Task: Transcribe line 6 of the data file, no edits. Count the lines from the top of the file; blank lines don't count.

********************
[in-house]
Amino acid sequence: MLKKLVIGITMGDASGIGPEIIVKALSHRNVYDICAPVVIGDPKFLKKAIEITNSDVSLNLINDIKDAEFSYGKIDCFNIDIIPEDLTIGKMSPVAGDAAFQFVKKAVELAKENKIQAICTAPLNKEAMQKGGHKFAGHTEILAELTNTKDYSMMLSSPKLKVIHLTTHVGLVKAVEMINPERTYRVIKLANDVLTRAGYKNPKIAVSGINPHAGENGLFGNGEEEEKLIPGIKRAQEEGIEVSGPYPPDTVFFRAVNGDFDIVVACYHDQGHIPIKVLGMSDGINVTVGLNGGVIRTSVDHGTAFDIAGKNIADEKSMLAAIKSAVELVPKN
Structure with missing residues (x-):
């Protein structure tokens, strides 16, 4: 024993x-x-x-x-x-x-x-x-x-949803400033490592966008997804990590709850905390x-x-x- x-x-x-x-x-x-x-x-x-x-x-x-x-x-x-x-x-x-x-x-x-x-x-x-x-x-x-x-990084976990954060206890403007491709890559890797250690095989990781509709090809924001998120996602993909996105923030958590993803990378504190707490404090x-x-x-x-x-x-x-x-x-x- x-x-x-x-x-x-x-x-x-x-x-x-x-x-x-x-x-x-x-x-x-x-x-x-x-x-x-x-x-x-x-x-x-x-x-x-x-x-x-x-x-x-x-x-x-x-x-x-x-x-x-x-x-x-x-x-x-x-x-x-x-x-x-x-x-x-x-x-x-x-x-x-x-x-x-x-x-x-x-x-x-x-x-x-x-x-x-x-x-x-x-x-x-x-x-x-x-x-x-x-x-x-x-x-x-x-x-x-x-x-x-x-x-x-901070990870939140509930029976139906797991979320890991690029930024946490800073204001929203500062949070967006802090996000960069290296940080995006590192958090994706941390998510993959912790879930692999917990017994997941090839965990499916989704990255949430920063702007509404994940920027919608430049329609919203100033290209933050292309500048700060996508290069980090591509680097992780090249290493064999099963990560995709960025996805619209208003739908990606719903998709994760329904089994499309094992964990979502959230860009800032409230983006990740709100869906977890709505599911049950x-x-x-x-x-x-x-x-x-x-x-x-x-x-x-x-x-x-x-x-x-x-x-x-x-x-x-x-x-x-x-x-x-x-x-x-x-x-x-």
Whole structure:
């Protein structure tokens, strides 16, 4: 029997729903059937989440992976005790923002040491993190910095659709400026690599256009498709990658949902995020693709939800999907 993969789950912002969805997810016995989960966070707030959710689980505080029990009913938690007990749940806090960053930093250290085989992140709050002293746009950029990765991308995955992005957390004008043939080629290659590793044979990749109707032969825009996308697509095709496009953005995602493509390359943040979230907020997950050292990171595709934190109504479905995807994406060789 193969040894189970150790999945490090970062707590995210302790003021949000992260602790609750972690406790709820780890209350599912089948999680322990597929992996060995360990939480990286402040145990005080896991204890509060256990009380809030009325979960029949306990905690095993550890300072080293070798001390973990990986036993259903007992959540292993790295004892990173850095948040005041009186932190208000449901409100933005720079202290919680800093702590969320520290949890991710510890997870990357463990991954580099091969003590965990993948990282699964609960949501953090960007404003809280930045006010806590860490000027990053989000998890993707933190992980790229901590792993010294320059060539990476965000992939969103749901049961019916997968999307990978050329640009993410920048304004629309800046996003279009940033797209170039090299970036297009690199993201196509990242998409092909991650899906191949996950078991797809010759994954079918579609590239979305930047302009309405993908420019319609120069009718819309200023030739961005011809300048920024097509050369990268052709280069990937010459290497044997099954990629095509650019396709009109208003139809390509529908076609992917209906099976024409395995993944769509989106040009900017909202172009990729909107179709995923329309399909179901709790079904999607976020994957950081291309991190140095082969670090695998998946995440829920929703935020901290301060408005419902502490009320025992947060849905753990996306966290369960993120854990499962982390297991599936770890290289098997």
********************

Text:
């Protein structure tokens, strides 16, 4: 029997729903059937989440992976005790923002040491993190910095659709400026690599256009498709990658949902995020693709939800999907 993969789950912002969805997810016995989960966070707030959710689980505080029990009913938690007990749940806090960053930093250290085989992140709050002293746009950029990765991308995955992005957390004008043939080629290659590793044979990749109707032969825009996308697509095709496009953005995602493509390359943040979230907020997950050292990171595709934190109504479905995807994406060789 193969040894189970150790999945490090970062707590995210302790003021949000992260602790609750972690406790709820780890209350599912089948999680322990597929992996060995360990939480990286402040145990005080896991204890509060256990009380809030009325979960029949306990905690095993550890300072080293070798001390973990990986036993259903007992959540292993790295004892990173850095948040005041009186932190208000449901409100933005720079202290919680800093702590969320520290949890991710510890997870990357463990991954580099091969003590965990993948990282699964609960949501953090960007404003809280930045006010806590860490000027990053989000998890993707933190992980790229901590792993010294320059060539990476965000992939969103749901049961019916997968999307990978050329640009993410920048304004629309800046996003279009940033797209170039090299970036297009690199993201196509990242998409092909991650899906191949996950078991797809010759994954079918579609590239979305930047302009309405993908420019319609120069009718819309200023030739961005011809300048920024097509050369990268052709280069990937010459290497044997099954990629095509650019396709009109208003139809390509529908076609992917209906099976024409395995993944769509989106040009900017909202172009990729909107179709995923329309399909179901709790079904999607976020994957950081291309991190140095082969670090695998998946995440829920929703935020901290301060408005419902502490009320025992947060849905753990996306966290369960993120854990499962982390297991599936770890290289098997």